Good Tidings and Cheer For 2014, But Does the Future Hold Any Hope For Boston Teams?


One of the things I’ve always looked forward to every Christmas – aside from consuming an unhealthy amount of pirogies and wondering who was going to finally get me that droid servant I’ve lusted after ever seeing it on Jabba’s barge – is Bob Ryan’s annual “State of the Teams,” when the longtime Globe columnist summarizes the annual health of each of the five professional sports teams in town.

This year, I expect Bob to use some semblance of the phrases, too old, too young, and dysfunctional to describe specific aspects of the Bruins, Celtics, Patriots, Red Sox, and Revolution to certain degrees.


I mean, let’s face it, on the whole, 2014 was a dud as far as our modern Boston sports standards are concerned. The Bruins were embarrassed in Game 7 against the Montreal Canadiens, no less, the Celtics are a rebuilding enigma, the Red Sox followed up a World Series title, which itself followed up a last-place finish, with another last-place finish, and appear to be taking the Professional Darts Players Association approach to creating a contender for 2015. Beyond that? Who the hell knows.

It’s the first year we’ve gone without a title since 2012, for crying out loud.

We jest only because, frankly, where the hell else would you rather be a sports fan in America? The Patriots are steamrolling their way back to Glendale, Ariz. to try and win another Super Bowl, the Revs took the L.A. Galaxy to the MLS title game, Boston University currently boasts the most dynamic college hockey player in the country, and hey, maybe most importantly, we even got Patrice Bergeron on the cover of a video game.

No, there were no duck boats, but there were plenty of ice buckets in the name of former Boston College baseball player Pete Frates, whose frigid challenge grew into an international phenomenon over the summer. We said goodbye to Lester, Rondo, Mankins, and the Mayor. We ran the Marathon again. We serenaded Derek Jeter with an over-the-top Fenway ceremony so schlocky (sorry, 2cholcky) it made you feel for the poor guy.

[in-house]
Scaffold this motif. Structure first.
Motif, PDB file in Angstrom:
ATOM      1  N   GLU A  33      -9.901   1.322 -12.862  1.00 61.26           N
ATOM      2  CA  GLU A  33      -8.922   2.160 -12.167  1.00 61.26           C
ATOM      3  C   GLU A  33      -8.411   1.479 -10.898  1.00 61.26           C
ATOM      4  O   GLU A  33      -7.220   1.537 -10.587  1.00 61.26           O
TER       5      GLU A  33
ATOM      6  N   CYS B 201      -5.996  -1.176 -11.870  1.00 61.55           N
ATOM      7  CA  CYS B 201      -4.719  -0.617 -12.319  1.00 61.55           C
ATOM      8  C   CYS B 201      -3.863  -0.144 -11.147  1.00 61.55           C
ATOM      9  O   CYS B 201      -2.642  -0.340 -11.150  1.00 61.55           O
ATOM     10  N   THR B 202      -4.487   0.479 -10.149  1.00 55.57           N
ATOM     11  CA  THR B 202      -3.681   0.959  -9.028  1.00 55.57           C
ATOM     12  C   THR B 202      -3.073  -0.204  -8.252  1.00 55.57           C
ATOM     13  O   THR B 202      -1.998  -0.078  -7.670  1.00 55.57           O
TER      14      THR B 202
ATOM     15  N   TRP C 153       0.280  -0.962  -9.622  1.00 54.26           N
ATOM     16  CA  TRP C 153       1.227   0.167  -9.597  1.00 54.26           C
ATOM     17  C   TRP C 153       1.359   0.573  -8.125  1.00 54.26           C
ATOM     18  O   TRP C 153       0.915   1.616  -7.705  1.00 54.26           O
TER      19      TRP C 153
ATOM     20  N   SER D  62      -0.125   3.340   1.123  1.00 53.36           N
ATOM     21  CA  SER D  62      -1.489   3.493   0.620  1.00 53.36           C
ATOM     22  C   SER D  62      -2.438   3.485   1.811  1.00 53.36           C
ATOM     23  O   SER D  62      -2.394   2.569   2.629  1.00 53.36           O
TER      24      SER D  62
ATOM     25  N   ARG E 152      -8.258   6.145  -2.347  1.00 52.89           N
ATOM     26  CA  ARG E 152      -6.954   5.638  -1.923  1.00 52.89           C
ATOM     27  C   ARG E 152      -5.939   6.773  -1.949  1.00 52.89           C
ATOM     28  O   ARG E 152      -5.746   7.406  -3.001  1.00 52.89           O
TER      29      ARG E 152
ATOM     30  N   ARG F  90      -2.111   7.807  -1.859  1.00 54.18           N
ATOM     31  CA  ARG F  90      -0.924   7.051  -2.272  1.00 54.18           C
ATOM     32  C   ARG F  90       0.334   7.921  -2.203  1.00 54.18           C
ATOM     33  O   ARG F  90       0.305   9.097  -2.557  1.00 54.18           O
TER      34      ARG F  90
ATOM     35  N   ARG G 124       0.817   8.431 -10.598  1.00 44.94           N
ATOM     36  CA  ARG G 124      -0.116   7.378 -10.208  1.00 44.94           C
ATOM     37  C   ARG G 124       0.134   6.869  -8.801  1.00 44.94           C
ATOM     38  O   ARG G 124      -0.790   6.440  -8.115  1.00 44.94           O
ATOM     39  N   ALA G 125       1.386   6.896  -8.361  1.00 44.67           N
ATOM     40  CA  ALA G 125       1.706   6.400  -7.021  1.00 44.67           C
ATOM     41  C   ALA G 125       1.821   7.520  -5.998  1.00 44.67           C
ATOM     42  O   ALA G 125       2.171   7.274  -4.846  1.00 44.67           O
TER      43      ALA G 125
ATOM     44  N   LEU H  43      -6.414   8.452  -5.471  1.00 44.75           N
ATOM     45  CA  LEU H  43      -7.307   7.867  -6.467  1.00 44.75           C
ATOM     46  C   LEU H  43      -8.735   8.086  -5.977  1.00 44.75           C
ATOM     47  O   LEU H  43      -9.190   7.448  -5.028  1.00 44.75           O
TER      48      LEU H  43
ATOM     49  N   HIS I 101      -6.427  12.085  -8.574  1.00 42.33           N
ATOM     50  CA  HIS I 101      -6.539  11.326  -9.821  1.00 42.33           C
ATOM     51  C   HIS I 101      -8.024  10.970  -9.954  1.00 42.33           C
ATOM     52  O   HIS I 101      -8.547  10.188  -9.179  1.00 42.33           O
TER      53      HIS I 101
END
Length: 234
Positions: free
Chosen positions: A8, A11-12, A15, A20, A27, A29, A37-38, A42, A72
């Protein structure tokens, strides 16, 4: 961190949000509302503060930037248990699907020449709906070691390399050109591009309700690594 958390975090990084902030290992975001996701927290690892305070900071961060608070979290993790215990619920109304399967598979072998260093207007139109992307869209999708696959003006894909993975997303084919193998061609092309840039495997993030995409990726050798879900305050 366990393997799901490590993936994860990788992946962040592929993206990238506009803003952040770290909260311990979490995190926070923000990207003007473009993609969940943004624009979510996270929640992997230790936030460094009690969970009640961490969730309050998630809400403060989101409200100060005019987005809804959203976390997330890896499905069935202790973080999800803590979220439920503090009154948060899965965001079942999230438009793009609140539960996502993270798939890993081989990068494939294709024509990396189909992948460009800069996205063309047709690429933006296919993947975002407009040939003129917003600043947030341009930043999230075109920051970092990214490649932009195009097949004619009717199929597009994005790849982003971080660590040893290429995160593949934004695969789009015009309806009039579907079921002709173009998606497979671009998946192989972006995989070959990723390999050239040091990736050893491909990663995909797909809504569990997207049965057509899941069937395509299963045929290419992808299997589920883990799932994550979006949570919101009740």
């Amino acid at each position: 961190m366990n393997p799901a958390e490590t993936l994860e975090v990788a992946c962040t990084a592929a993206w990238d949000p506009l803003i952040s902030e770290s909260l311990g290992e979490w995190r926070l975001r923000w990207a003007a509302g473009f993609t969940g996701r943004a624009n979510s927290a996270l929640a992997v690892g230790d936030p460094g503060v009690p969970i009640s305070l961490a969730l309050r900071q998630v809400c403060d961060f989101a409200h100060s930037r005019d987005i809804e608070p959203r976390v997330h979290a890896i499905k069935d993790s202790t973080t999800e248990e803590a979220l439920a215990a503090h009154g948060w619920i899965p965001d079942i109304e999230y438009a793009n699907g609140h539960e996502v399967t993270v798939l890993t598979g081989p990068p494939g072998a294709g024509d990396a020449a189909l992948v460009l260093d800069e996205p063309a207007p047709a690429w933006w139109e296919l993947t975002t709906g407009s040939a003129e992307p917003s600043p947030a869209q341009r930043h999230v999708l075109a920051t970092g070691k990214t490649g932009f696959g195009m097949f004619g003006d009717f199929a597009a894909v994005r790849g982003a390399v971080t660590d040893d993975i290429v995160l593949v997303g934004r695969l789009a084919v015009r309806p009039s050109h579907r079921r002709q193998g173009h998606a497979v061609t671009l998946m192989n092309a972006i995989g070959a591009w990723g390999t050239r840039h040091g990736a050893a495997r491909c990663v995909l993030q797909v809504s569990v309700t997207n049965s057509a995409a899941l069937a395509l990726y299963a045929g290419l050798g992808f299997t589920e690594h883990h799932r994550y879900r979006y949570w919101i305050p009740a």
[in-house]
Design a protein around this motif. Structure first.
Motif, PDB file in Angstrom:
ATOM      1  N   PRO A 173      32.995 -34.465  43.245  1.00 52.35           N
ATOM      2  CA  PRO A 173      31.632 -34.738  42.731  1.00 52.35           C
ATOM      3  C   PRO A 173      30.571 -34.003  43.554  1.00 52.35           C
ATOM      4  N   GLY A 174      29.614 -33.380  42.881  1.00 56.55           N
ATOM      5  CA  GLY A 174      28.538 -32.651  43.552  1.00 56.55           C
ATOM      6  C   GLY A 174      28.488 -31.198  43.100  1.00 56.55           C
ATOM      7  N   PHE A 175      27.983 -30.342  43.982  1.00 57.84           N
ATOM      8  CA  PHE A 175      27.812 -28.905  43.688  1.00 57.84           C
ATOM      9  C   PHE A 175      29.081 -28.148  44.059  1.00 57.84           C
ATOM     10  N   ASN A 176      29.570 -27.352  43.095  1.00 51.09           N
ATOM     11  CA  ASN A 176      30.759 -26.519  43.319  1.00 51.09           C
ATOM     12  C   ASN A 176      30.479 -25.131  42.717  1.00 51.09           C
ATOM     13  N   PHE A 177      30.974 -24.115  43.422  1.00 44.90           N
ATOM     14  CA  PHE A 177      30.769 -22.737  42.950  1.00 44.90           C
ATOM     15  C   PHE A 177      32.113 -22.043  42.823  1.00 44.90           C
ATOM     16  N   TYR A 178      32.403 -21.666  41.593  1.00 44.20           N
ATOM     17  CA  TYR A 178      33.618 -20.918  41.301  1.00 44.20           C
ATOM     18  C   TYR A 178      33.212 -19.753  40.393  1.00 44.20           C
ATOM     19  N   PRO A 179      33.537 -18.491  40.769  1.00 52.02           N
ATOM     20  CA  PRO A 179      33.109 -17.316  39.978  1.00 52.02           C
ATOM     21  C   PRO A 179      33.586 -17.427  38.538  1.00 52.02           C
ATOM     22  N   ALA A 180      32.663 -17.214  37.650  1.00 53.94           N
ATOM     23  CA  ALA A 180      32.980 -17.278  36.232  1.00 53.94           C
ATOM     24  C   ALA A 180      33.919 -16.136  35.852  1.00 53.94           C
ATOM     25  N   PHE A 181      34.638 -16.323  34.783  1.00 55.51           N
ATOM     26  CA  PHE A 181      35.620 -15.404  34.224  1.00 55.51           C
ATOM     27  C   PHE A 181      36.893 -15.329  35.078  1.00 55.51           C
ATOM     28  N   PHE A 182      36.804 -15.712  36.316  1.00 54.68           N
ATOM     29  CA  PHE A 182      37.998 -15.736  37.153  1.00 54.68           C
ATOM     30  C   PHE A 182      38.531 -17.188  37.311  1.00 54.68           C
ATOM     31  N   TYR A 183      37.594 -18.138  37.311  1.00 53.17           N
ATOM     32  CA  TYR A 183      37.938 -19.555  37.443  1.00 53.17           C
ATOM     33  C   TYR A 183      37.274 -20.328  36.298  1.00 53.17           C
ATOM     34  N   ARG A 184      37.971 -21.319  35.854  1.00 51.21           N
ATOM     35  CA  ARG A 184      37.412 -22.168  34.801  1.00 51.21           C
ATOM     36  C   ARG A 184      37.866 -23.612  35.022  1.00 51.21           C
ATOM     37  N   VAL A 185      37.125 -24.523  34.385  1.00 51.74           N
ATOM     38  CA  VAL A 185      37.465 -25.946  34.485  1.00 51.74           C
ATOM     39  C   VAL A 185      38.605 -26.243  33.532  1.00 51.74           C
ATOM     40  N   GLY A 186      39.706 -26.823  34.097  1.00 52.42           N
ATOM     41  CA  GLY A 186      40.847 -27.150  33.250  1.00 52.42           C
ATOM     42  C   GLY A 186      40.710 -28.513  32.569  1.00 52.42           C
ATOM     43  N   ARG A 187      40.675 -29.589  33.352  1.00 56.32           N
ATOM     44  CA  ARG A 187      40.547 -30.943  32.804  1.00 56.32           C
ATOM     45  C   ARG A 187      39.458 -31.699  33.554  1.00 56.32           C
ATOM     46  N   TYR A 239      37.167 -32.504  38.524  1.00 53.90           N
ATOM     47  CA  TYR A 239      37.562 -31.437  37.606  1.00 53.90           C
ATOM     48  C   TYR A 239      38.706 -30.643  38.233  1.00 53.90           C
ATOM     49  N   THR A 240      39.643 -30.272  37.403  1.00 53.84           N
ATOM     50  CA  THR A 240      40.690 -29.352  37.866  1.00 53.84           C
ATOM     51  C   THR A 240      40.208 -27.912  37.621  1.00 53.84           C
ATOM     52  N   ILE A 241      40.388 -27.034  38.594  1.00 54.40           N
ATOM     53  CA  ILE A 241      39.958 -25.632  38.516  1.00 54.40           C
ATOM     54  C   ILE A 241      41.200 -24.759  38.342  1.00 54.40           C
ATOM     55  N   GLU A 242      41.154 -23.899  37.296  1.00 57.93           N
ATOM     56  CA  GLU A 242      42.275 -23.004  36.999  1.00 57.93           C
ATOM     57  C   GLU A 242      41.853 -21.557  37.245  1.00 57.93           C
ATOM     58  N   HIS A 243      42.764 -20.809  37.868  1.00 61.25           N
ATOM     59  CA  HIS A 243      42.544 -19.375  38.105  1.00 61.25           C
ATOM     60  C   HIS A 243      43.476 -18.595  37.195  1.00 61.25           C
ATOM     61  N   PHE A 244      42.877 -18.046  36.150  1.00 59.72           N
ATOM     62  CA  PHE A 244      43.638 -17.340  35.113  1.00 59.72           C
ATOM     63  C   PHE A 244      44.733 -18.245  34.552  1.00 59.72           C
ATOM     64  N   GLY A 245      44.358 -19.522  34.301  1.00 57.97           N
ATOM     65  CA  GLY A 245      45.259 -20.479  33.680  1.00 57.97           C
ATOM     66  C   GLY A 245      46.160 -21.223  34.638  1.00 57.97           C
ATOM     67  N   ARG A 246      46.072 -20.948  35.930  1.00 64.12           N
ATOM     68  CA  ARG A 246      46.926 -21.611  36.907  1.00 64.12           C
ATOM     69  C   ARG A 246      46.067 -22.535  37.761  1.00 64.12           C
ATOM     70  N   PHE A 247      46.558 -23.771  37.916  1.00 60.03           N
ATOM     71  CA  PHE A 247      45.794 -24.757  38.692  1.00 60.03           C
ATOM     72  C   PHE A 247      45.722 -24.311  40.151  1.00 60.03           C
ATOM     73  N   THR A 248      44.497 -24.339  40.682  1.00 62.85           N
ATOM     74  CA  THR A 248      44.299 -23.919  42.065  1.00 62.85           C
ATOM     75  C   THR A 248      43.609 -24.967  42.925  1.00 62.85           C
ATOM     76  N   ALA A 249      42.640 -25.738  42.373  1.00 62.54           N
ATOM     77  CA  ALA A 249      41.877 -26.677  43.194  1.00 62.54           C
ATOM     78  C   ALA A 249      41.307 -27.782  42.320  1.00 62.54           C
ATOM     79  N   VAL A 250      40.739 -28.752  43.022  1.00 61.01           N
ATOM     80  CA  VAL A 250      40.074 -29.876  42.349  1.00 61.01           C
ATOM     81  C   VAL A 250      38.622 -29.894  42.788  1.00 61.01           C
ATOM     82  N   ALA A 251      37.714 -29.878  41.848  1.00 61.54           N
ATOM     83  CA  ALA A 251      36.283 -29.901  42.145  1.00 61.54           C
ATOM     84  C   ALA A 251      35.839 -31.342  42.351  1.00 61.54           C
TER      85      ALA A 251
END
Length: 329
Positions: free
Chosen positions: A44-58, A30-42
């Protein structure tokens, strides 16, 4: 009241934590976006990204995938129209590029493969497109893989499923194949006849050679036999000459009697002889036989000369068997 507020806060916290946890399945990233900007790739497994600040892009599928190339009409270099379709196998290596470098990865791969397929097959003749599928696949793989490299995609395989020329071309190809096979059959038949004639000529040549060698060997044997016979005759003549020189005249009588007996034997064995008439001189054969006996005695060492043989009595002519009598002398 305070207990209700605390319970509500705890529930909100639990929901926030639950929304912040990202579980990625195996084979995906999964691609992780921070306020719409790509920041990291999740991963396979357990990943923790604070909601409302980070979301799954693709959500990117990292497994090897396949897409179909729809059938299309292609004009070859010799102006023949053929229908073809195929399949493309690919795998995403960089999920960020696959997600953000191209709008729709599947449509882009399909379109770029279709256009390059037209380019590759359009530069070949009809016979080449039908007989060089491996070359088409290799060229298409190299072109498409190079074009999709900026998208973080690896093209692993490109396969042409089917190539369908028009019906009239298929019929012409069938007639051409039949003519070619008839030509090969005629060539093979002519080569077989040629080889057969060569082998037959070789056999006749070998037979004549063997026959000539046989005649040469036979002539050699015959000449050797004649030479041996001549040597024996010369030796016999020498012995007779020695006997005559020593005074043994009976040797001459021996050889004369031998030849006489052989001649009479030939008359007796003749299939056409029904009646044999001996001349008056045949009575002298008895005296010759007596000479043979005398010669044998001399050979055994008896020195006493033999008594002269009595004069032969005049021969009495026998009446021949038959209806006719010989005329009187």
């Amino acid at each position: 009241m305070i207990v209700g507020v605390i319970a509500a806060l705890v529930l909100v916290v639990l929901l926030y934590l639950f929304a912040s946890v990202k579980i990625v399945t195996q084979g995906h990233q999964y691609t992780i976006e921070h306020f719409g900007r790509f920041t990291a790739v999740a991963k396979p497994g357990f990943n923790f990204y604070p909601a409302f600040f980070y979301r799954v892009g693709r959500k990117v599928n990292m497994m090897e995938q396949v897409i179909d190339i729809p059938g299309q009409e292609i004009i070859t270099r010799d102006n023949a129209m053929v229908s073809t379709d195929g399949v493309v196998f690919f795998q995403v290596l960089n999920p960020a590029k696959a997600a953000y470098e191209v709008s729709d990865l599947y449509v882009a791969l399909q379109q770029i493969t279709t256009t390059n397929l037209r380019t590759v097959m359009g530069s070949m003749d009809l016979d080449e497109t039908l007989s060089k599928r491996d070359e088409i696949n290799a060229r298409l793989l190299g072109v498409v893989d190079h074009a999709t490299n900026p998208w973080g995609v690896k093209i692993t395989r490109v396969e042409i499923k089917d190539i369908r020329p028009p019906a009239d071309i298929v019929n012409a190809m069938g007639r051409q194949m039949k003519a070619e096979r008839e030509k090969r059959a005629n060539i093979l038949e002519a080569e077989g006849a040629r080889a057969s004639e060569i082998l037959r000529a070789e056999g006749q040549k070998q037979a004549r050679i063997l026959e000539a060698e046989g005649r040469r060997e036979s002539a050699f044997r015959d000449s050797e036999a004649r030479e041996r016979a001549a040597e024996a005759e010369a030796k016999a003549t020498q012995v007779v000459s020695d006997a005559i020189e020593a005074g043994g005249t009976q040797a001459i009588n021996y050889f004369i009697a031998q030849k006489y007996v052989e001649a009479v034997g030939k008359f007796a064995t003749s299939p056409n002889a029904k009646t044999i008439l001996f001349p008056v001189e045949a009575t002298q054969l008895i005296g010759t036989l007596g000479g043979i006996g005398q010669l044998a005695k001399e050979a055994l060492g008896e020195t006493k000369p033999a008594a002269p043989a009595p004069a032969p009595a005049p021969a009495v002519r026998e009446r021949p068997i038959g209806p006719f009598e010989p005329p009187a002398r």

But seeing as Christmas is a time of reflection, not to mention the most opportune time to appreciate everything for which you are thankful, it feels sort of silly to put 2014 into some sort of corner simply because no banners were raised, no T-shirts (aside from those spiffy AFC East numbers) were sold, or no Terry Cashman originals were penned.

It didn’t possess any of the inherent glory that Boston has draped itself in ever since the ball sailed through the uprights in New Orleans, nor did it bring with it any of the horror and emotion that 2013 delivered neither. From a sports perspective, it just…was. And that’s OK.

Maybe the Patriots can make 2014 a lot more memorable over the next-month plus, but if they do happen to lose in the AFC Championship game, their season will go down as just another missed opportunity to be lumped in Bill Belichick’s back closet like the party kegs in “Teen Wolf.” Their Gillette Stadium brothers excited a burgeoning fan base with their run to the final behind the acquisition of Jermaine Jones, but for non-Revolution fans, the chase felt like work to show that they actually cared. Or at least had a clue.


And so, heading into the new year, here is one man’s feeling on which teams face the best odds of bringing a title back to the Hub before Christmas comes again.

1. Patriots.
2. BU hockey.
3. Red Sox.
4. Revolution.
5. BC hockey.
6. Bruins
7. Boston Cannons.
8. Militia.
9. Celtics.

A few clarifications; the Red Sox with the third-best chance may seem foolish, but with a last-to-first pedigree already set in stone, the fact that they loaded up on offense on the left side of the infield, and that Rick Porcello may one day turn out to be the most underrated deal of the offseason, suggest a Renaissance isn’t that much of a stretch.

As for the Revs, they’re probably in luck now that owner Bob Kraft has his sights set on South Boston property for a new soccer stadium. That could mean more money sunk into premium talent like Jones in order to raise the relevancy of his soccer team and crate an easier path to get a stadium deal (mercifully, finally) accomplished.

The Bruins have appeared hopeless for long stretches of this season, but there’s too much talent on this team not to be able to be considered a playoff contender. But with no movement by Peter Chiarelli in order to acquire scoring, it’s going to be a short ride into April, and you can forget about May.

Not a knock on the Celtics, who to even the casual observer have been exciting to watch. This is just reality of the way it is in the NBA, where rebuilding is a chore not to be taken lightly.


It will be going on seven years since the Celtics last won a title, two for the Red Sox, four for the Bruins, and a whopping 10 for the Patriots, who remain the one local franchise that is always in the hunt for one more. Here we are again. Brady and Belichick making one more run at the thing with Revis and Gronk in tow.

I mean, it has been 15 months since the last parade down Boylston Street. Another five weeks won’t kill ya.


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